South Dakota 3 Day Notice to Quit

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Due to a violation, this notice states that the Tenant's right to possession of the Leased Premises will be terminated 3 days after this notice has been served.

Document Last Modified: 5/14/2023

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A South Dakota 3-Day Notice to Quit is issued by a landlord to a tenant who has failed to pay their rent or violated the lease. It is the first step in evicting a tenant.

Who: This form is completed by the landlord and given to the tenant when they are three or more days late with rent or because they have violated their lease. To begin the eviction process legally, a landlord will have to work with the courts to obtain a legal court order for the eviction. There are several legal reasons that a landlord may begin the process. They include non-payment of the rent or a violation of the rental agreement.

What: The South Dakota landlord may issue a South Dakota 3-Day Notice to Quit if the tenant has failed to pay their rent and is three or more days late, has damaged the property, if the lease has expired, or if they did something that would cancel the lease.

For example, many leases include clauses that say the lease is canceled if there are unauthorized people living on the premises or if the tenant commits criminal acts on the property.

The South Dakota laws do not stipulate what must appear in the 3 Day Notice to Quit. The basic information should include the reason for the eviction, the name and address of both the tenant and landlord, the date of the lease's termination, and whether or not there is an opportunity for the tenant to amend the violation and how that would work.

When: Before the court will order a tenant to vacate, however, the landlord has to serve a written notice called the South Dakota 3-Day Notice to Quit. It is a formal notice that can be sent to the renter or tenant for non-payment of the rent, but it must be at least three days after the rent is due.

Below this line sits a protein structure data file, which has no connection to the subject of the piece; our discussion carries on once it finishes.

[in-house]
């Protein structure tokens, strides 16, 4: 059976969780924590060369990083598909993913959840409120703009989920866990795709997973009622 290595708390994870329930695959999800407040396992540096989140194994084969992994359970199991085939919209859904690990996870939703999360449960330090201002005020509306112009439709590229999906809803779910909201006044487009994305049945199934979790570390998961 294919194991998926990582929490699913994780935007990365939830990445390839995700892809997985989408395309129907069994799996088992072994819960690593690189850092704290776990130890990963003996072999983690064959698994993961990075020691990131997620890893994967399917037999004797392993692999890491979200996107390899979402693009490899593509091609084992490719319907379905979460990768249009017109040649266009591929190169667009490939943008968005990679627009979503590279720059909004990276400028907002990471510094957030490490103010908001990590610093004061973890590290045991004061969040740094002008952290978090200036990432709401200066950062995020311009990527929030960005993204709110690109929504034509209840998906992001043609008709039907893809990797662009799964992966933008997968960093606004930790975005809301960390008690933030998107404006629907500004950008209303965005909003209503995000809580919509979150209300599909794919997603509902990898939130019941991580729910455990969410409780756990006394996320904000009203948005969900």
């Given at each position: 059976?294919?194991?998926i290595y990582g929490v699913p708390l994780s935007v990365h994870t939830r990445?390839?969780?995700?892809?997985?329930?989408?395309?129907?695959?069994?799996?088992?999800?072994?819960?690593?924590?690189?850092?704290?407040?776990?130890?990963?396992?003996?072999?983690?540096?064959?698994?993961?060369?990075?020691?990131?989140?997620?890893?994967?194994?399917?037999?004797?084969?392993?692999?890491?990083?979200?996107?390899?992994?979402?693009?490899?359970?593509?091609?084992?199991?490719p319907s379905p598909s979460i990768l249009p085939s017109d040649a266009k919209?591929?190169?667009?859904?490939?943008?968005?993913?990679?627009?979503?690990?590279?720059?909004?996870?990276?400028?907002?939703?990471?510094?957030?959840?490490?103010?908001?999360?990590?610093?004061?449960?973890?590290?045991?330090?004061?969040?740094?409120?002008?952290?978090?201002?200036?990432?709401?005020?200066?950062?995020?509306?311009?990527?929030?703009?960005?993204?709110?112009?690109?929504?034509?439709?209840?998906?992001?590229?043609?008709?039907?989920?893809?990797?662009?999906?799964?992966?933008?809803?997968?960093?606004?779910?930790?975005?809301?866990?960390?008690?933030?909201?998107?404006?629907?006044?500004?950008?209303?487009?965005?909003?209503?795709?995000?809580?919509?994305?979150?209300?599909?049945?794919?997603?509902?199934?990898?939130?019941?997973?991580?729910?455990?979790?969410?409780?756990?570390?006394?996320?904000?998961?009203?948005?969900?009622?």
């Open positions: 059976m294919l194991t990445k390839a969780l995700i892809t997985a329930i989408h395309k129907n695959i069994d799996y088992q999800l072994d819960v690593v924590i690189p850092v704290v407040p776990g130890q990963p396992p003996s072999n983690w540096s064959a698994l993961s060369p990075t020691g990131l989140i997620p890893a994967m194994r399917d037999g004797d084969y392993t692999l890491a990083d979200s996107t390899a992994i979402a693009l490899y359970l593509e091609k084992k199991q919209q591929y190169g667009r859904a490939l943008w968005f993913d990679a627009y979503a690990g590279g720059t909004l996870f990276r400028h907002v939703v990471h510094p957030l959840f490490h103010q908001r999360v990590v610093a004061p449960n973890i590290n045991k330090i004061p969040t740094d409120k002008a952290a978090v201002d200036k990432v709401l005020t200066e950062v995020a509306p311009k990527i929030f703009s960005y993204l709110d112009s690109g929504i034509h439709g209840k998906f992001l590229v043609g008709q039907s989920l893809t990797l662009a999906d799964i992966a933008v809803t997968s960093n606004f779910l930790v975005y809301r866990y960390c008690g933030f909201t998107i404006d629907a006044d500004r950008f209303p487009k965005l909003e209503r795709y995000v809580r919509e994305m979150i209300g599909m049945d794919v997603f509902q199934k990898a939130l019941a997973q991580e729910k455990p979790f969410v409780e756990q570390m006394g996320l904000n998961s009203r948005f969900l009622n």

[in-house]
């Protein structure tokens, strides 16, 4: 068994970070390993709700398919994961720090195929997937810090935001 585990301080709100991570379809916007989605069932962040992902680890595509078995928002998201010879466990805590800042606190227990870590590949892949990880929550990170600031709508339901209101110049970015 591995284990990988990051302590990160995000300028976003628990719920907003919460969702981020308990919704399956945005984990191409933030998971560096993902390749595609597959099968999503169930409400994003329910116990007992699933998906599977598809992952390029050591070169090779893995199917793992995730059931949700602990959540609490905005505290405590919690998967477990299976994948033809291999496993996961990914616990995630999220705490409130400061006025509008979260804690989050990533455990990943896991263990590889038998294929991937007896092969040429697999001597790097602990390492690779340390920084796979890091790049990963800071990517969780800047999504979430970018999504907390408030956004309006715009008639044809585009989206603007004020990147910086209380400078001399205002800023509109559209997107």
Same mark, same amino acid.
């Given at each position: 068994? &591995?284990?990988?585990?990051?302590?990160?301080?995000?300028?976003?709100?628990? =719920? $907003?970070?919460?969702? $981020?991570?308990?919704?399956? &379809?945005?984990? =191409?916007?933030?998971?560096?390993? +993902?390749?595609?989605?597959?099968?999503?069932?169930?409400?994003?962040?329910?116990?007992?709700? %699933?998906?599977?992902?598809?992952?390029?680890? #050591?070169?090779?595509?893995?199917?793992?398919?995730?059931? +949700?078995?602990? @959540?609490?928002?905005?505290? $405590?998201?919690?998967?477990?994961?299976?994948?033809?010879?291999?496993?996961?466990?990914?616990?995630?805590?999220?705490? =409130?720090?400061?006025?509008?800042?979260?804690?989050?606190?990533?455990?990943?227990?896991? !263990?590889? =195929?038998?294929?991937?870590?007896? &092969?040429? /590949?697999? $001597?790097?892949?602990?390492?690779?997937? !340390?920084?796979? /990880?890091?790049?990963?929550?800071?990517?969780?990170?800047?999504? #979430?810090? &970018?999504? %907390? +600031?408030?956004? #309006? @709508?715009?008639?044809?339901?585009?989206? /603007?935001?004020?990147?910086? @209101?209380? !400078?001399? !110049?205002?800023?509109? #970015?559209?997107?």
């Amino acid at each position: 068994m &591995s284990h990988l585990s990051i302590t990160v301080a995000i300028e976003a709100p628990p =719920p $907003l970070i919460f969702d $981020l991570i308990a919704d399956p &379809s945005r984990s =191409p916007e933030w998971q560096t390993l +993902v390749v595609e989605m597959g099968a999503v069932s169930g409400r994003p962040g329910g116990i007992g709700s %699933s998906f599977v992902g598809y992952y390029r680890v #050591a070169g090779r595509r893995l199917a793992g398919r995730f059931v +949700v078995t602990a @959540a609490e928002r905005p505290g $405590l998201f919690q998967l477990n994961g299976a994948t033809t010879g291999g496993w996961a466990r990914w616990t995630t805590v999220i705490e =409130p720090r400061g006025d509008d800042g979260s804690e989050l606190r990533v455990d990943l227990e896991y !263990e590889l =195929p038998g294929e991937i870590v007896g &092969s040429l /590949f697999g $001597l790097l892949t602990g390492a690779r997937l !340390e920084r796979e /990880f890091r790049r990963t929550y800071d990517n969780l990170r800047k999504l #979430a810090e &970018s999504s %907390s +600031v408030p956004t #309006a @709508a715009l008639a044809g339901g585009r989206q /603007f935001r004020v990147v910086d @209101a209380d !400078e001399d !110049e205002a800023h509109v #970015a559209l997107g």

Tips and Tricks for Landlords: Unlike many states, South Dakota has a very short eviction process that allows a landlord to legally remove a tenant from rented or leased premises. However, that does not mean that a tenant has no rights or options for fighting the eviction.

Like many other states, South Dakota expressly forbids a landlord from using "self-eviction". What that means is simple - they cannot shut down the utilities, enter the property to remove a tenant's belongings, or somehow prevent them from accessing the premises. Doing so can subject the landlord to liability for any damages, and it can also allow the tenant to legally terminate their lease.

Naturally, few landlords want to face this process. It is costly, upsetting and difficult. It involves legal expenses formal service of the 3-Day Notice to Quit, and further legal filings such as a Summons or Complaint for Forcible Entry and Detainer.

If you must address a tenant's failure to pay the rent, vacate at the end of their lease or evict them because of damages or criminal activity, download the formal South Dakota 3-Day Notice to Quit here.

Be sure you consult with legal experts to understand the rest of the process and the rights of tenants as well.